Challenges of Information Governance in the age of BYOD

Shadow IT and Bring Your Own Device (BYOD) strategies have the potential to derail well-structured corporate strategies if groundwork isn’t laid out from the beginning, and from a top-down perspective. In the present era, many individuals are adept at downloading and operating applications, with no involvement from their company’s IT department. These individuals often use a variety of cloud services on personal devices, encompassing collaboration, content-sharing, and file-sharing services. These new tools have transformed how employees function, and concurrently altered how businesses generate, control, and discard information. 

The clarity of records is no longer the norm. Today’s organisations need to consider all the information they produce and collect, such as emails, social media posts, online data and more, and figure out how to manage these new types of records in an increasingly regulated environment. It’s not enough to just have a Records and Information Management (RIM) strategy—companies need to incorporate records management into a broader, more strategic Information Governance (IG) plan. 

Shadow IT refers to hardware or software (or both) used within a business that is not related to or supported by the company’s IT department. This technology isn’t approved by the company’s IT professionals, and sometimes they may not even know it’s being used. 

The evolution of BYOD and Shadow IT is predominantly employee-driven. Tools like smartphones, applications, and other cloud computing devices have undergone significant transformations, and employees have embraced the convenience these tools provide. However, not all organisations have a well-defined policy permitting the use of these devices. 

Despite potential utility and cost-effectiveness, Shadow IT hardware or software can introduce more significant security risks if business security protocols aren’t established in advance. Such scenarios can lead to potential risks like loss of control and visibility of company data, potential data leaks, accidental data exposure due to physical loss or theft of BYOD devices, compromised device integrity, and compliance issues. 

Further, new concerns related to emails, text messages, social media posts and more are now part of the BYOD landscape. Many organisations are yet to create an appropriate IG plan that defines or addresses how this information is classified. 

RIM and IG, although often grouped together, are different. RIM focuses on the lifecycle of a document from creation to destruction, while an IG strategy takes responsibility for the successful management of electronic files created or collected within an organisation. IG must adopt a wider, more strategic approach to ensure all information is created, organized, managed, and destroyed in ways that align with the organisations objectives.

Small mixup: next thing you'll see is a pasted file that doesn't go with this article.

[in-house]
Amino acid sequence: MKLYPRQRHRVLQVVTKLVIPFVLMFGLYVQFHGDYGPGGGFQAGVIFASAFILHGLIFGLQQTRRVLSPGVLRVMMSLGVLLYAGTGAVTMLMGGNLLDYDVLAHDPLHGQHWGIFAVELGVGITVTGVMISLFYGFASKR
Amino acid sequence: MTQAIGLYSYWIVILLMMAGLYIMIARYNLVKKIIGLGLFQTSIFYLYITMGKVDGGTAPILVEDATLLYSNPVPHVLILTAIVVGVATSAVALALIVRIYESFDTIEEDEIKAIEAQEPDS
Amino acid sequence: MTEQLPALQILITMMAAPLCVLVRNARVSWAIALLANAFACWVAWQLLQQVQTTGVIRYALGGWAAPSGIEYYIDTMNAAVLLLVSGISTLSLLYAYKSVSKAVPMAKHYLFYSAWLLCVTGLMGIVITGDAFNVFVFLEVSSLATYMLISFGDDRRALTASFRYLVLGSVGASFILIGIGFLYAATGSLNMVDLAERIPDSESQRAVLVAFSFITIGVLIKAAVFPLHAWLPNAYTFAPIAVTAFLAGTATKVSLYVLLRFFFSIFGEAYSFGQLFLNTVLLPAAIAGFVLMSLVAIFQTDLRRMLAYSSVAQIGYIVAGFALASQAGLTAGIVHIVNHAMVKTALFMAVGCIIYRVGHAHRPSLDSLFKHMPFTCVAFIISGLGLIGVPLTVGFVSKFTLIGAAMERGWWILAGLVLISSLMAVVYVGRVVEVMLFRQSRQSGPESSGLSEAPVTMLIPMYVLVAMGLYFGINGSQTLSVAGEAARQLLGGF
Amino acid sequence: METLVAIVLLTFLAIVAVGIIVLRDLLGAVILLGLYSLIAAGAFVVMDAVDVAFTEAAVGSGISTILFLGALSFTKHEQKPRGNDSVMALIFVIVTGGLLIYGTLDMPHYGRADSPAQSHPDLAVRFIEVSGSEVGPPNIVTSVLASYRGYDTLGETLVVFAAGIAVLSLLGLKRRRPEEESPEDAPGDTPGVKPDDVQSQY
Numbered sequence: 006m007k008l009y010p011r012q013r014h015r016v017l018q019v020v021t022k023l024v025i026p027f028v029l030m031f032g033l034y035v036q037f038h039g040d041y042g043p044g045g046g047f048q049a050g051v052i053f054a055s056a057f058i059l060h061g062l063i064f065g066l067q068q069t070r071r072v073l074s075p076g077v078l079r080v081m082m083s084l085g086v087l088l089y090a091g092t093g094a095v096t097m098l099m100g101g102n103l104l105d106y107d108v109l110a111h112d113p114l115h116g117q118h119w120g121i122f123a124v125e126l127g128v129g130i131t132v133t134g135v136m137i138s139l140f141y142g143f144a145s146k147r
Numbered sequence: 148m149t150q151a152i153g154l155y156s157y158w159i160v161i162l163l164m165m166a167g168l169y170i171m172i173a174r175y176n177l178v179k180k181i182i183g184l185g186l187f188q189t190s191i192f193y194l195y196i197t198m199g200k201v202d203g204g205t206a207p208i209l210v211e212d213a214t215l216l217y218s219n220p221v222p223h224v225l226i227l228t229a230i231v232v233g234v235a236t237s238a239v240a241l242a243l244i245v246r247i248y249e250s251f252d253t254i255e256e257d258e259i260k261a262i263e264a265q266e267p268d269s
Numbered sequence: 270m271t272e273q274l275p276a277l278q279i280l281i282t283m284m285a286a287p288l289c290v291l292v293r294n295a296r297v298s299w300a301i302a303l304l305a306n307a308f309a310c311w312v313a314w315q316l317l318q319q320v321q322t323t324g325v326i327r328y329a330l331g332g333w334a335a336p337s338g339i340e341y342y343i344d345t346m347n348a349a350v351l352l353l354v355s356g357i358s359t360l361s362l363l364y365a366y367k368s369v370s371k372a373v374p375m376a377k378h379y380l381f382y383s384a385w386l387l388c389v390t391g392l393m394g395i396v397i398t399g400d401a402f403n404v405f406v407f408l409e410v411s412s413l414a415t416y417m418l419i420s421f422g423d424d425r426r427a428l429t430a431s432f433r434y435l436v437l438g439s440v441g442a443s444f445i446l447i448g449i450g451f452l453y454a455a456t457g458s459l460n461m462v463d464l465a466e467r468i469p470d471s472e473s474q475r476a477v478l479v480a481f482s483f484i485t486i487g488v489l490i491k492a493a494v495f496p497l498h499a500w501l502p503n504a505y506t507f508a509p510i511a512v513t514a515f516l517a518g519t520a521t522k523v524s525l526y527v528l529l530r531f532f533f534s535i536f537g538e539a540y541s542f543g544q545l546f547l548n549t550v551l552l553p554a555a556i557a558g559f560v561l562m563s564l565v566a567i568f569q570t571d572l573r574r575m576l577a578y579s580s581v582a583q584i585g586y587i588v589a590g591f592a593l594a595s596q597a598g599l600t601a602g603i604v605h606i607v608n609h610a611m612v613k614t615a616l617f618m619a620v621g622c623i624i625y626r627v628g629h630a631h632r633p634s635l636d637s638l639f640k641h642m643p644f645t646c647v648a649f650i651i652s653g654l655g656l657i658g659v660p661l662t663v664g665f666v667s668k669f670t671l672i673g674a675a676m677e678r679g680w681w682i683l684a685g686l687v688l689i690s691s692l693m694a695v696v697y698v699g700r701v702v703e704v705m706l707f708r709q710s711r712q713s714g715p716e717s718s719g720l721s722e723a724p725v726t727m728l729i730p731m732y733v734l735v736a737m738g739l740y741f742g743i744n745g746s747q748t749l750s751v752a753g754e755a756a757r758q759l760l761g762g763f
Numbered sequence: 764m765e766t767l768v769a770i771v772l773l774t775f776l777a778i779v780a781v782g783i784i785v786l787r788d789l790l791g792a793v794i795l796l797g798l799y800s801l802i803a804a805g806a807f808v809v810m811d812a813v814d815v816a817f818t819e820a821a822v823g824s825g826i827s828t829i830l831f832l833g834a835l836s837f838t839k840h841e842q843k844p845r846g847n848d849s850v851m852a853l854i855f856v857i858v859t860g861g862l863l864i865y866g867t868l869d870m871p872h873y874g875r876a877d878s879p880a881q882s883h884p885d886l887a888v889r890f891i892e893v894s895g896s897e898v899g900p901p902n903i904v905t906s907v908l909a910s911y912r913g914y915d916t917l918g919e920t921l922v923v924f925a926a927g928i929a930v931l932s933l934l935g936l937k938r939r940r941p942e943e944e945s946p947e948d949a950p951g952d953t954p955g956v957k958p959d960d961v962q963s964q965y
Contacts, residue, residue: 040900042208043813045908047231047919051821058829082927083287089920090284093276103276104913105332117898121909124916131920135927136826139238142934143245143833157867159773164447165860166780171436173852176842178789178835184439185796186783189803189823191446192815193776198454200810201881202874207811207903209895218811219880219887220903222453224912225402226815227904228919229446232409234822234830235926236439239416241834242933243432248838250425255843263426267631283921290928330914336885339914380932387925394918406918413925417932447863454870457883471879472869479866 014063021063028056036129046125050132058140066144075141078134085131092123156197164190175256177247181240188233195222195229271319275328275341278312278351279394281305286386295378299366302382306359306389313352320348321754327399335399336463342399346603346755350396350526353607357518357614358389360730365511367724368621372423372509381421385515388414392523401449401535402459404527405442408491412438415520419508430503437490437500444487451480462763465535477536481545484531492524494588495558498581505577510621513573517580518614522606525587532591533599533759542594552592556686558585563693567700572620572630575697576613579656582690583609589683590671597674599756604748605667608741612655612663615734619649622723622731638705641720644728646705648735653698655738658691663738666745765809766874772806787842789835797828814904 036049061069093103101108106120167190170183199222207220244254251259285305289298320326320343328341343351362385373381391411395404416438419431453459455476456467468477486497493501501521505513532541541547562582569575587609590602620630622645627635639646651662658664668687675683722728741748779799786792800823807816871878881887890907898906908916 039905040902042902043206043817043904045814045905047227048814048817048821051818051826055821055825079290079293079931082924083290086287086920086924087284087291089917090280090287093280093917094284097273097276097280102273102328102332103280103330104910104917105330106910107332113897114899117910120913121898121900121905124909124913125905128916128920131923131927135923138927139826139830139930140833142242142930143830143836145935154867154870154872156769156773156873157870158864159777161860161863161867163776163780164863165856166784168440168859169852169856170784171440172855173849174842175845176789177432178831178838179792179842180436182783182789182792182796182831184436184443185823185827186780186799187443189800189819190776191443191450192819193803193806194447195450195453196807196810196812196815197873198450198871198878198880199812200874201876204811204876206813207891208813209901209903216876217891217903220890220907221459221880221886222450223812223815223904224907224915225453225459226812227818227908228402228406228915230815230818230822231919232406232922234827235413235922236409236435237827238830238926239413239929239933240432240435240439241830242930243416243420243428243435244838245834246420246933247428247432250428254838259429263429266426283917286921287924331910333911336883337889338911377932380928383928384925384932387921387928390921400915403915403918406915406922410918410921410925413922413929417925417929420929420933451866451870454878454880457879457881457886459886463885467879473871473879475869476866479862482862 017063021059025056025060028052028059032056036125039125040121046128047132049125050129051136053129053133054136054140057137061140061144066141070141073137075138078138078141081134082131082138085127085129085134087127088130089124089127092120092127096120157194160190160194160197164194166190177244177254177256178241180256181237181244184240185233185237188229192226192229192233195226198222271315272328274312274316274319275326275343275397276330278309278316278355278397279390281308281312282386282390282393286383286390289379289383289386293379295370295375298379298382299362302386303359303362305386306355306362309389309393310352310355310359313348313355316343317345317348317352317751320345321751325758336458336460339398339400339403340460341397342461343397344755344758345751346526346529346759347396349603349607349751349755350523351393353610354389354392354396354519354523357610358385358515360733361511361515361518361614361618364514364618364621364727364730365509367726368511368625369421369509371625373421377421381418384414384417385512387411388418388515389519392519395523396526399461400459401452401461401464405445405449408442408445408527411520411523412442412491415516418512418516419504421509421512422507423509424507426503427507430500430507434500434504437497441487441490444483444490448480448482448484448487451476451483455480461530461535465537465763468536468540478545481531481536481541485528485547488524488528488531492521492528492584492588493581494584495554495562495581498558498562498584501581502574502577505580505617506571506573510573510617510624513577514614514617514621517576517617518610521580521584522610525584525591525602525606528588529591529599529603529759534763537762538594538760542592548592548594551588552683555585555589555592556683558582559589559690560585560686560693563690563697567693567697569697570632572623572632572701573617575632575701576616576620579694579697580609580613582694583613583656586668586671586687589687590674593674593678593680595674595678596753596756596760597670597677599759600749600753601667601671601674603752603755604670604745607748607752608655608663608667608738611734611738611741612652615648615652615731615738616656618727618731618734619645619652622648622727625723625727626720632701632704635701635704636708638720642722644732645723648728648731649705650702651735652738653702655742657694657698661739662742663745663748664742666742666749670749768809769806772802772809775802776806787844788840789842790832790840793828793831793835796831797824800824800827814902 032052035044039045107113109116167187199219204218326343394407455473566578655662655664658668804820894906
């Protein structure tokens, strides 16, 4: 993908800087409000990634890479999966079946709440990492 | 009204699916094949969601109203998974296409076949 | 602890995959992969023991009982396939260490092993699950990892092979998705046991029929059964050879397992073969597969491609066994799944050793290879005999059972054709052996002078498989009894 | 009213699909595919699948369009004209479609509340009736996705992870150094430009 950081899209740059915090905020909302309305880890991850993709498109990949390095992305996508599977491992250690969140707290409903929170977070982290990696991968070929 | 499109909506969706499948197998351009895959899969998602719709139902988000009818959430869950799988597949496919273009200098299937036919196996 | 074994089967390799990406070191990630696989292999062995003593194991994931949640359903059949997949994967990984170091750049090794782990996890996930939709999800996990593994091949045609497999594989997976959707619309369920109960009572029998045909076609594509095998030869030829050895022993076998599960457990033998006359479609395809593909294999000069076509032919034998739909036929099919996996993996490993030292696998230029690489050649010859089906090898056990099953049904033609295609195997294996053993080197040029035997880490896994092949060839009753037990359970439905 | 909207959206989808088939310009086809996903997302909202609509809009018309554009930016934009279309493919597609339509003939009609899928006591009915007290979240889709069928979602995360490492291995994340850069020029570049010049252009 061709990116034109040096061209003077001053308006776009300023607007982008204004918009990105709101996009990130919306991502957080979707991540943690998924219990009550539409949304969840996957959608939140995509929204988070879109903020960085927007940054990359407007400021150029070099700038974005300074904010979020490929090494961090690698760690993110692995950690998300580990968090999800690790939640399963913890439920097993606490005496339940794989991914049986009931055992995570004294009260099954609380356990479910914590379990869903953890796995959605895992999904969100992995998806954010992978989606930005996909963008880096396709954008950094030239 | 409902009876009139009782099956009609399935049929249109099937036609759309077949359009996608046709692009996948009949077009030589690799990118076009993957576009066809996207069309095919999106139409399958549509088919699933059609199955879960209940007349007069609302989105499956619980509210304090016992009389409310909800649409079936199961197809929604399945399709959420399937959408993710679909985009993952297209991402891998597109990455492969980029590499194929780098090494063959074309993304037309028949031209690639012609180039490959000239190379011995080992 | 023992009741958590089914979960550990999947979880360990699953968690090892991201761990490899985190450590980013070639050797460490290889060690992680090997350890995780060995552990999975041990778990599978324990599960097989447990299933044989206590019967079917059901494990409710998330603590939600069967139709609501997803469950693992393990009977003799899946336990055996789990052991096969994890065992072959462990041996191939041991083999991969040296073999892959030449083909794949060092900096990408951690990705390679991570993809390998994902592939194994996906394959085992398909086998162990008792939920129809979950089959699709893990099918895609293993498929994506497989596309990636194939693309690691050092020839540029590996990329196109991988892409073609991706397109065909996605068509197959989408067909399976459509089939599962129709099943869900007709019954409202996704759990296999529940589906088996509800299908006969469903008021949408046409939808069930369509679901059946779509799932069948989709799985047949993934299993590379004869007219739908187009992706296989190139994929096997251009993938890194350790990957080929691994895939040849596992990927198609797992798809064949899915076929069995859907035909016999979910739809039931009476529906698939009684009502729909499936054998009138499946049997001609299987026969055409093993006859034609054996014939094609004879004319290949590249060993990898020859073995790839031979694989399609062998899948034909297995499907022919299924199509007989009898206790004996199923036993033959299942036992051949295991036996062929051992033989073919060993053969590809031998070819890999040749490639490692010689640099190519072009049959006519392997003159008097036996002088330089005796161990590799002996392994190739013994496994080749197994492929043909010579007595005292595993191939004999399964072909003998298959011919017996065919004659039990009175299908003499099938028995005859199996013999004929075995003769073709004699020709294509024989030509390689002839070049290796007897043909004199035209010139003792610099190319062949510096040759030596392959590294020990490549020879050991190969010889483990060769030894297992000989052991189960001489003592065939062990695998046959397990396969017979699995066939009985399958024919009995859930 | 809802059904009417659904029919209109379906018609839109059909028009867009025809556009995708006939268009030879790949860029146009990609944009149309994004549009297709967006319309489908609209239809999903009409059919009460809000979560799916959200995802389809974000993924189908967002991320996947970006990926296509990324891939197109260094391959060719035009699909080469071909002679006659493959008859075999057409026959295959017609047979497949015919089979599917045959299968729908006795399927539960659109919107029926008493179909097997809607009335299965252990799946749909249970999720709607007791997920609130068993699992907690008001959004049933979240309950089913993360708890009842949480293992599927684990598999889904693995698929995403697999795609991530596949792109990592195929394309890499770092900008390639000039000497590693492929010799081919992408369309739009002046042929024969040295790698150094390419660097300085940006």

Given that BYOD devices are commonplace in most workplaces, IG leaders need to adapt their frameworks to address the rising concerns of using these devices. They also need to determine the right cloud computing software and providers for their organisation. Solutions need to manage digital records and documents while mitigating compliance issues and improving operational efficiencies. Plus, the chosen records management solution needs to capture and record information disseminated via BYOD. 

In today’s rapidly expanding data landscape, IG doesn’t stand alone. While Shadow IT and BYOD introduce new challenges, RIM leaders also face similar issues as workplace technology evolves. By collaborating with IG leaders, RIM professionals can play a strategic role in identifying the records and information produced by employees and in developing the needed strategies and policies to support both RIM and IG programs. 

Successful coexistence of BYOD and IG is possible, provided a consistent IG program is instituted within an organisation. Such a plan should clearly outline the organisations commitment to managing its information stores and guide employees on best practices. 

Mitigating Risks and Ensuring IG 

Using a robust cloud computing records management system allows businesses to safeguard and control digital documentation while still giving employees the ability to access and collaborate on information from anywhere. Pairing an effective records management system with a comprehensive IG program centralises data and allows for consistent enforcement, retention, and disposal policies, thus keeping everyone compliant with regulations.